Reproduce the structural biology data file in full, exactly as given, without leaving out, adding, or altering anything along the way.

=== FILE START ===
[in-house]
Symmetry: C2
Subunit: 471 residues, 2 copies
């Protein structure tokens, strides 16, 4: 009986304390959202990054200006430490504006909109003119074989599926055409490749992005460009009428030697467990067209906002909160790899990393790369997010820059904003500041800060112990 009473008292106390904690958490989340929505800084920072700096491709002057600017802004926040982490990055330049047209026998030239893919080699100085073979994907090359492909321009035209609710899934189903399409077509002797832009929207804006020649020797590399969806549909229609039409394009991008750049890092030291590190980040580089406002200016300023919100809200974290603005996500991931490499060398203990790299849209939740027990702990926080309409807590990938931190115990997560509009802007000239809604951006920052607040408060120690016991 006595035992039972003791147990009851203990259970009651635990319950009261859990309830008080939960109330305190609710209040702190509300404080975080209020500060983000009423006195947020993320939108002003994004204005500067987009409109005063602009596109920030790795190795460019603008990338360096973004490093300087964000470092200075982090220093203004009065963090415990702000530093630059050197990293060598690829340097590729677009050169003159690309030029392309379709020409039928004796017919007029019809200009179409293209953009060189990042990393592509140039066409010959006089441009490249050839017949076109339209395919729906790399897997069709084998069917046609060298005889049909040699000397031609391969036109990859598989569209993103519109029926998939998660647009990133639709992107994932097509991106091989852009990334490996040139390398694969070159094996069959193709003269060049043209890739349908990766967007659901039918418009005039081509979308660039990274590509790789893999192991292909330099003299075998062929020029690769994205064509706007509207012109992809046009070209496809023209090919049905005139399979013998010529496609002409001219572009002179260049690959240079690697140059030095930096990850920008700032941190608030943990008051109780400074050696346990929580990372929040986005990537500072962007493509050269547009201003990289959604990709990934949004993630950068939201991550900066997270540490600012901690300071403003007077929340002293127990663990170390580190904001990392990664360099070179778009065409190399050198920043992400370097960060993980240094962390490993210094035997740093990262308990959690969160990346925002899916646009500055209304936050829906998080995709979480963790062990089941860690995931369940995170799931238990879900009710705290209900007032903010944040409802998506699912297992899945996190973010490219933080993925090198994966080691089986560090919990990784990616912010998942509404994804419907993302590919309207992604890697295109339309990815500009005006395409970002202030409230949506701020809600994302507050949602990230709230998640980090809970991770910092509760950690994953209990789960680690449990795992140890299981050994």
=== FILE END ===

[in-house]
Symmetry: C2
Subunit: 471 residues, 2 copies
């Protein structure tokens, strides 16, 4: 009986304390959202990054200006430490504006909109003119074989599926055409490749992005460009009428030697467990067209906002909160790899990393790369997010820059904003500041800060112990 009473008292106390904690958490989340929505800084920072700096491709002057600017802004926040982490990055330049047209026998030239893919080699100085073979994907090359492909321009035209609710899934189903399409077509002797832009929207804006020649020797590399969806549909229609039409394009991008750049890092030291590190980040580089406002200016300023919100809200974290603005996500991931490499060398203990790299849209939740027990702990926080309409807590990938931190115990997560509009802007000239809604951006920052607040408060120690016991 006595035992039972003791147990009851203990259970009651635990319950009261859990309830008080939960109330305190609710209040702190509300404080975080209020500060983000009423006195947020993320939108002003994004204005500067987009409109005063602009596109920030790795190795460019603008990338360096973004490093300087964000470092200075982090220093203004009065963090415990702000530093630059050197990293060598690829340097590729677009050169003159690309030029392309379709020409039928004796017919007029019809200009179409293209953009060189990042990393592509140039066409010959006089441009490249050839017949076109339209395919729906790399897997069709084998069917046609060298005889049909040699000397031609391969036109990859598989569209993103519109029926998939998660647009990133639709992107994932097509991106091989852009990334490996040139390398694969070159094996069959193709003269060049043209890739349908990766967007659901039918418009005039081509979308660039990274590509790789893999192991292909330099003299075998062929020029690769994205064509706007509207012109992809046009070209496809023209090919049905005139399979013998010529496609002409001219572009002179260049690959240079690697140059030095930096990850920008700032941190608030943990008051109780400074050696346990929580990372929040986005990537500072962007493509050269547009201003990289959604990709990934949004993630950068939201991550900066997270540490600012901690300071403003007077929340002293127990663990170390580190904001990392990664360099070179778009065409190399050198920043992400370097960060993980240094962390490993210094035997740093990262308990959690969160990346925002899916646009500055209304936050829906998080995709979480963790062990089941860690995931369940995170799931238990879900009710705290209900007032903010944040409802998506699912297992899945996190973010490219933080993925090198994966080691089986560090919990990784990616912010998942509404994804419907993302590919309207992604890697295109339309990815500009005006395409970002202030409230949506701020809600994302507050949602990230709230998640980090809970991770910092509760950690994953209990789960680690449990795992140890299981050994």